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Shakespeare By Another Name by [Anderson, Mark]
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Shakespeare By Another Name Kindle Edition

4.2 out of 5 stars 11 customer reviews

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Length: 640 pages Word Wise: Enabled Enhanced Typesetting: Enabled
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Product Description


This work is the first ever complete literary biography of this man many claim to be the real bard. The debate over the true author of Shakespeare's body of work began not long after the death of William Shakespeare, the obscure actor and entrepreneur from Stratford-Upon-Avon who was conventionally assumed to be the author. Early investigations into the mystery argued for such eminent figures as Christopher Marlowe or Francis Bacon, but recent scholarship has turned towards Edward de Vere. ""Shakerpeare" by Another Name" is the first complete literary biography of Edward de Vere that tells the story of his action-packed life - as student, soldier, courtier, lawyer, sophisticate, traveller and writer - finding in it uncanny similarities to situations and characters found in Shakespeare's plays. Anderson brings to bear a wealth of new evidence and has employed it all to give a complete portrait and background to the man who was "Shakespeare".

Product details

  • Format: Kindle Edition
  • File Size: 2513 KB
  • Print Length: 640 pages
  • Simultaneous Device Usage: Unlimited
  • Publisher: Untreed Reads (3 Nov. 2011)
  • Sold by: Amazon Media EU S.à r.l.
  • Language: English
  • ASIN: B0063JH2SU
  • Text-to-Speech: Enabled
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  • Word Wise: Enabled
  • Enhanced Typesetting: Enabled
  • Average Customer Review: 4.2 out of 5 stars 11 customer reviews
  • Amazon Bestsellers Rank: #191,734 Paid in Kindle Store (See Top 100 Paid in Kindle Store)
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4.2 out of 5 stars
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Format: Kindle Edition Verified Purchase
It is only reasonable to assume that the literature attributed to "Shakespeare" must be the work of person or persons of superior education,within Elizabethan Court Circles, and with actual life experience of continental locations, cities,and events etc, than that of "the Stratford Man".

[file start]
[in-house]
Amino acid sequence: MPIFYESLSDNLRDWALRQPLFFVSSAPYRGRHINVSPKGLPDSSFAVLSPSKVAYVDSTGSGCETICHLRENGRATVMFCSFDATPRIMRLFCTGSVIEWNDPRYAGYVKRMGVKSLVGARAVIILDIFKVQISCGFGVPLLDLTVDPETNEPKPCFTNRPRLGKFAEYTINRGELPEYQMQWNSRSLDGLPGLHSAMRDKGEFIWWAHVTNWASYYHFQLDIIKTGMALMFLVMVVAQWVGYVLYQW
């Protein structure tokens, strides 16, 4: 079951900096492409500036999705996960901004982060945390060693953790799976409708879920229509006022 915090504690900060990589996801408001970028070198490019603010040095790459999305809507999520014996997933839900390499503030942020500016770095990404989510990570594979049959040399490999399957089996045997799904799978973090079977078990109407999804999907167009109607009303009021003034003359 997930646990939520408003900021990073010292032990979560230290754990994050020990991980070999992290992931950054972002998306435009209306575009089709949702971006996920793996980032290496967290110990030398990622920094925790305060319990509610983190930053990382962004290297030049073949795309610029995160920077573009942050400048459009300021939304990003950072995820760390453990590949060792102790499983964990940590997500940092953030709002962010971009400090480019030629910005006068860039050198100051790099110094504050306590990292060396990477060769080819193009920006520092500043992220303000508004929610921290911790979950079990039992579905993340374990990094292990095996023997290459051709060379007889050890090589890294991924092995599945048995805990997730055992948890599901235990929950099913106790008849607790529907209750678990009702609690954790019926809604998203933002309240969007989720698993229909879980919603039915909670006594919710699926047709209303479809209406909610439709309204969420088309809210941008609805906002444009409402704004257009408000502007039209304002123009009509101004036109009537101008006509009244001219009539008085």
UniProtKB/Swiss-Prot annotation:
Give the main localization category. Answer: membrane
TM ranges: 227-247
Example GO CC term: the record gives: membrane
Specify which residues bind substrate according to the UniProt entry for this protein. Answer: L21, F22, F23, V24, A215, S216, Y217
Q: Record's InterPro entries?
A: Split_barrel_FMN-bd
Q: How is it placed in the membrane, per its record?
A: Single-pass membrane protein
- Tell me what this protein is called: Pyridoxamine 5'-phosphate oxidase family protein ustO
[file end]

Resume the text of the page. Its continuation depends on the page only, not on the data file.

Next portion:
Obviously the" Shakespeare Industry" which has grown up around the "Shakespeare Myth" has strong vested interests in preserving the traditional myth, which we are taught in school.("The Stratfordians" seem to have an almost religious faith in defense of their orthodoxy.)
This extremely meticulous,logically argued and detailed biography of The Earl of Oxford provides very convincing evidence of who the writer of the body of works,and his associates were.
You do not need to be a Shakespearean literary expert to enjoy the compelling,and enjoyable investigative nature of this well written,and structured book.
The Biography of the very human,very flawed,and largely forgotten Earl is in itself a fascinating story,where the major events of his life are incorporated into his wonderful literary works.( The author links the two very convincingly.)
The life of the real "Shakespeare" is so much more,amazing,complex,and tragic than the myth,which has obscured him for so long. This book must help him emerge from the shadows to eventually receive the recognition,and acclaim that should always have been due to him.
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Format: Paperback
This book is a singularly impressive work of scholarship, and a most important read! Sure to delight any lover of Shakespeare.

Mark Anderson spent over a decade researching and compiling the information for this book, and his writing is meticulous and abundantly documented (400 pages of text followed by 180 pages of endnotes).

I had already heard of and become convinced of the Oxfordian authorship four years prior to reading this book, as it is not only logical but also virtually irrefutable. Written scholarship on the subject (which is now extensive) began in 1920, and notables such as Orson Welles agreed wholeheartedly: "I think Oxford wrote Shakespeare. If you don't agree, there are some awfully funny coincidences to explain away," said Welles.